Brain Tumour Research - Interview with Guillermo Gomez
Brain Tumour researcher Guillermo Gomez discusses his research, his background and his hopes for beating brain cancer by 2030.
Guillermo Gomez is an ARC Future Fellow and a brain tumour researcher at the Centre for Cancer Biology – an alliance between SA Pathology and the University of South Australia. He is also a committee member for the newly formed, Brain Tumour Research SA.
Please tell me about your current research?
“In 2017, I began my independent laboratory at the Centre for Cancer Biology, an alliance between SA Pathology and the University of South Australia.
“The research focus of my independent work is 100% on Brain Cancer, specifically on the role of the tumour microenvironment and interactions between tumour cells and stromal cells on glioblastoma growth, invasion, and their mechanical and metabolic adaptation within the tumour niche.
“To do this, my laboratory has developed cutting-edge wet-lab and computational approaches. These include artificial intelligence (AI), single-cell and spatial transcriptomics to study fresh patient tumour samples and the growth of patient-derived brain tumour organoids that better replicate the physiology and architecture of the primary tumour,” Guillermo said.
Why is funding for brain tumour research so important?
“While the survival rates of most cancers have dramatically improved in the last few decades, this is not the case for brain cancers, where the 5-year survival has hardly changed for 30 years, remaining around 20%. For glioblastoma, the most diagnosed malignant brain cancer in adults, the statistics are far worse, with a 5-year survival of just 5% (Health and Welfare, 2017).
“Despite recent advances in understanding some of the critical drivers of glioblastoma formation and progression, this knowledge has not yet translated into improvements in glioblastoma therapy. This lack of progress in the clinical setting is mainly due to the highly heterogeneous nature of glioblastoma, and the ability of tumour cells to switch transcriptional programs in response to the interactions with cells in the tumour microenvironment leads to therapy resistance and tumour recurrence.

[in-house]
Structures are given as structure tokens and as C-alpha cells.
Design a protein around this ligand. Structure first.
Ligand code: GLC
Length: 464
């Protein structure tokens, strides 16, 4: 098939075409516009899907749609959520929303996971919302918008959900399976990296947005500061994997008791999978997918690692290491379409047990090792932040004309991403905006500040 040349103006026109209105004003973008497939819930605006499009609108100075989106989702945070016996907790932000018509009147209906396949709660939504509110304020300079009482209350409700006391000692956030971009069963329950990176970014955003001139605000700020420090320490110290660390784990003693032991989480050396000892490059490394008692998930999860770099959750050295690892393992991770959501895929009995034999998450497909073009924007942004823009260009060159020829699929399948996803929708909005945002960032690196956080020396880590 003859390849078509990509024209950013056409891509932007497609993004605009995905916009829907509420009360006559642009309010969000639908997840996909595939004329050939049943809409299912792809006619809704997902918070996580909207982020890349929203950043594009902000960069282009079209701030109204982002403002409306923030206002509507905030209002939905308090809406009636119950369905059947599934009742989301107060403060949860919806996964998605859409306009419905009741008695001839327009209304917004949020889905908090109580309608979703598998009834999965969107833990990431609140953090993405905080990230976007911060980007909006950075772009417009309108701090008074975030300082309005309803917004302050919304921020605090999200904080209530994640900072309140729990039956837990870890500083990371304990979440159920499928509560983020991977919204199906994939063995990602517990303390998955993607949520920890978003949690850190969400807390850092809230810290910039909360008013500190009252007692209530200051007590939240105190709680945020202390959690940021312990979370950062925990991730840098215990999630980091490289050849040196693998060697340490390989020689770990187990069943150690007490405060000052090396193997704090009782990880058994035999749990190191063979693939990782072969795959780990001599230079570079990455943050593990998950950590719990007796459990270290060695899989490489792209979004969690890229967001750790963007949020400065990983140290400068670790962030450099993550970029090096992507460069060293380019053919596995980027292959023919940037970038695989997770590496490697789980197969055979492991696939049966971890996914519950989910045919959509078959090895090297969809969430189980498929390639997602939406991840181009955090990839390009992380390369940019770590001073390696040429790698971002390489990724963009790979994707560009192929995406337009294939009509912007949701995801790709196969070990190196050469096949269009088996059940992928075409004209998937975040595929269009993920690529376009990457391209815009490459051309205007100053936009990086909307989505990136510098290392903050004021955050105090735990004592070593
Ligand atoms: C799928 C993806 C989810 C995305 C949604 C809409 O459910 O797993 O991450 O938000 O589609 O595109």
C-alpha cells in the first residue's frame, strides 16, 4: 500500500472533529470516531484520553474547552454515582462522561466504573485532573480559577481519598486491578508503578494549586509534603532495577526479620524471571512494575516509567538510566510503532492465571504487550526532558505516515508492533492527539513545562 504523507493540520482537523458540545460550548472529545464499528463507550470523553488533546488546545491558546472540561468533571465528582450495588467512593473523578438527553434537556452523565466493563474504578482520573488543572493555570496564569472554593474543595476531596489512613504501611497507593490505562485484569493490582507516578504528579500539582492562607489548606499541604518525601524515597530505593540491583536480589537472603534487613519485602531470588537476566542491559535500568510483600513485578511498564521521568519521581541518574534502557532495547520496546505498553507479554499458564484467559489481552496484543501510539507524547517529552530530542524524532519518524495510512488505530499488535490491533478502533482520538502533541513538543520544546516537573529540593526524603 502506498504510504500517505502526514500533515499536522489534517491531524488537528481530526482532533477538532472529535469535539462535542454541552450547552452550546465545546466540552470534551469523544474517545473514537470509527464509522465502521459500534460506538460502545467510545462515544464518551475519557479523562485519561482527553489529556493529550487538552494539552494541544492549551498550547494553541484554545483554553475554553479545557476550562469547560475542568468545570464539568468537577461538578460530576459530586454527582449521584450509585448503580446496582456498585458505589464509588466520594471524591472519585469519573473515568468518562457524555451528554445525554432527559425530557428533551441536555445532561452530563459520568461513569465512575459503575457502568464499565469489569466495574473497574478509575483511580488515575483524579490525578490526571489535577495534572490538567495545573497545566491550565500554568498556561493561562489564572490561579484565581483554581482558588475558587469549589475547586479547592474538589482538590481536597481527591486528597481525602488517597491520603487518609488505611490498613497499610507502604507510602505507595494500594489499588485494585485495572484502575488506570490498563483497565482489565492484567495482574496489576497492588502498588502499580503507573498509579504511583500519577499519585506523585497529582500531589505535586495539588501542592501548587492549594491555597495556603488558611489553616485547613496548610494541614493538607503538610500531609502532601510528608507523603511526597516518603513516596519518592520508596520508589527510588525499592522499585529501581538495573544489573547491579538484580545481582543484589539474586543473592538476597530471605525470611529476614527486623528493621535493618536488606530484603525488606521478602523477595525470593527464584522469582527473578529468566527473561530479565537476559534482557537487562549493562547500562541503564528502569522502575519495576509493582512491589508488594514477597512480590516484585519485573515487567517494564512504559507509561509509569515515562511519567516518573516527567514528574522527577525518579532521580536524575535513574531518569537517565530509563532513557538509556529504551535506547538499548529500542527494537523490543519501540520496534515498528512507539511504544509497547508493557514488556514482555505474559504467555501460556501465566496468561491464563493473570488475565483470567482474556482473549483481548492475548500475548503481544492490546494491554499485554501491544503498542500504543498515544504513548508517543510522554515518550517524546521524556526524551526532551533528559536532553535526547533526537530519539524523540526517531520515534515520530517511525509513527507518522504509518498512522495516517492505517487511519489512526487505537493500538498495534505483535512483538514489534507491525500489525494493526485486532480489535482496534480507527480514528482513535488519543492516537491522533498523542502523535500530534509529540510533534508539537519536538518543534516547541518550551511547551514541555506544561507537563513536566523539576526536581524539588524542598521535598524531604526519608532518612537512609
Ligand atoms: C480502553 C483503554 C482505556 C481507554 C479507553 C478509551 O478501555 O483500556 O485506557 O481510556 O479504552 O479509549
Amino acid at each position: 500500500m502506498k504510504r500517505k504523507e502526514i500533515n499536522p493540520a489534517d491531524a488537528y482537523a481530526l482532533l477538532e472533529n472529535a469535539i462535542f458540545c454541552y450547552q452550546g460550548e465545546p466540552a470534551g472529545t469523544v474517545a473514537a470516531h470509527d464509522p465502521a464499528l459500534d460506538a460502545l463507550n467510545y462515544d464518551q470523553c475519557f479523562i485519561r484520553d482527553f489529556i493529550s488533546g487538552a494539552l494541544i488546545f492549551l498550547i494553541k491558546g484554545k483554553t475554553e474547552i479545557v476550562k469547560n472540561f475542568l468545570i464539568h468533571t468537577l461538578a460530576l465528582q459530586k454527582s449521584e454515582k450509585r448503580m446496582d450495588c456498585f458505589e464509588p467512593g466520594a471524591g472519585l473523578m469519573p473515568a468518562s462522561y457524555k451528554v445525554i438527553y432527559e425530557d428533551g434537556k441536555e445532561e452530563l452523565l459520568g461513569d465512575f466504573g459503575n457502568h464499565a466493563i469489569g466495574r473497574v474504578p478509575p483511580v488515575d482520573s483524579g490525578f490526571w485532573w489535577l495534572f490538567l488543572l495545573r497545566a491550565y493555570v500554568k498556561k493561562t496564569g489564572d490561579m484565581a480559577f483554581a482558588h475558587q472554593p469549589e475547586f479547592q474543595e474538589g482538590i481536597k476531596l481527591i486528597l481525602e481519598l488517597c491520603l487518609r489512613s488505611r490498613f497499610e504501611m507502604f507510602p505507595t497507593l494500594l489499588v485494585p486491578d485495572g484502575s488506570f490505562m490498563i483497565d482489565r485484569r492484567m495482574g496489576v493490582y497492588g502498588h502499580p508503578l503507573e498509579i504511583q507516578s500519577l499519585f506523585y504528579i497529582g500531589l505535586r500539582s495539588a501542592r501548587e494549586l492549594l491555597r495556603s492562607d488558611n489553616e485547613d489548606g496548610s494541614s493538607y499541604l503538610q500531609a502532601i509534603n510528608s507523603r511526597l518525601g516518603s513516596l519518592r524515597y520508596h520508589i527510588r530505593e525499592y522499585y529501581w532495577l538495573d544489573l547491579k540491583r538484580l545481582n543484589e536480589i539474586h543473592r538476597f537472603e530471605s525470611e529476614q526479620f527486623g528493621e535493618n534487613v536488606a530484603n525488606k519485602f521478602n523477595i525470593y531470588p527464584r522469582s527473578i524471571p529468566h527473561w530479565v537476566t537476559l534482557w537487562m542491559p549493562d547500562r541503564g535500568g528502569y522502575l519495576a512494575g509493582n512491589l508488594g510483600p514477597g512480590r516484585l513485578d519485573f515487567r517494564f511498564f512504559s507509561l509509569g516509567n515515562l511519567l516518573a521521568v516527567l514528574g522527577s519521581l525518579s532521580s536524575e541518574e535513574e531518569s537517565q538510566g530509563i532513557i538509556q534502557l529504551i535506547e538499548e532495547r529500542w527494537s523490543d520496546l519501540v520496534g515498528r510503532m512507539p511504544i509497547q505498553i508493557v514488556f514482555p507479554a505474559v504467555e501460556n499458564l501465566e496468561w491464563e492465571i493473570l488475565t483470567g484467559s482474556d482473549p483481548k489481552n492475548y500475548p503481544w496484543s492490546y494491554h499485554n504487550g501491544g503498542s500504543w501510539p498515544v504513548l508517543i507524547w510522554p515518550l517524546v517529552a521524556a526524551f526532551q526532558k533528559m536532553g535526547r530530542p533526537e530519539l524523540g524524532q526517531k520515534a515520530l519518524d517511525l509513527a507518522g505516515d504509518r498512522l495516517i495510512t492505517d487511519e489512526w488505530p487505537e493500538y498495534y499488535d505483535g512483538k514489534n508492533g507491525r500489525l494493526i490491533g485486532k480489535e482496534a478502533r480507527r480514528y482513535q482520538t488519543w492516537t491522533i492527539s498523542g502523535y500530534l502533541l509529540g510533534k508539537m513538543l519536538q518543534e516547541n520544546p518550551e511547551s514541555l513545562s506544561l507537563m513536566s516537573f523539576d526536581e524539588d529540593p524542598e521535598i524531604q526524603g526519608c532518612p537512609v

“Thus, targeting the interaction of tumour cells with non-malignant cells in the tumour microenvironment has recently emerged as an exciting anti-cancer approach in glioblastoma. However, we are right at the beginning of understanding how tumour-stroma interactions favour the tumour. More research in this space is critical to identify new targets for better and more personalised therapies for brain cancer,” he said.
Why did you join the committee for BTRSA?
Guillermo explains, “My laboratory has developed the capacity and skills to combine and integrate different fields critical for today's brain cancer research to find a cure for brain cancer.
“This aligns with the spirit of the Brain Tumour Research SA and its collaboration with the NeuroSurgical Brain Tumour Bank and the NeuroSurgical Research Foundation, to accelerate translational research that permits to interrogate large datasets of clinical information, genomics and single-cell data using AI.
“This allows the identification of new biomarkers and molecular targets that can rapidly transition into early stages Brain Cancer Clinical Trials if successfully tested in cutting-edge patient-derived organoids,” he said.
Why did you become a researcher and what is it that drives you?
“I decided to become a researcher after a research experience in a neuroscience lab, when I was in Year 12.
“I always love physics, chemistry, and maths, but working in a neuroscience lab and performing electrophysiology experiments show me a bit about the complexity of Biology. However, my mentor at that time, makes me realise that if we were to make significant contributions as a scientist, these would occur if I can innovate and give a new view to biological problems. I took his advice. I did my undergraduate in Chemistry, taking courses on maths, physics, quantum chemistry, computational modelling, cell biology and immunology, with the idea that I can bring this know-how to do innovative biology research.
“After my undergraduate, I did my PhD in cell biology, where the most important tool was microscopy. At that moment, I became fascinated by the biology of single cells and writing scripts for automated analysis of images. In my postdoc, I took a step further and studied the mechanobiology of multicellular tissues. I become fascinated by generating knowledge that permitted a better understanding of how cells sense and generate physical forces.
“Over these years, I developed a significant armament of techniques and expertise in different research fields that reached the right momentum to provide new hopes for a brain cancer cure.
“My goal is to generate knowledge that leads to a better understanding of the biology of brain tumours and put this forward to develop new and better therapies to cure brain cancer by 2030, Guillermo said.
Read more about Guillermo’s research here: https://www.nrf.com.au/current-brain-tumour-research
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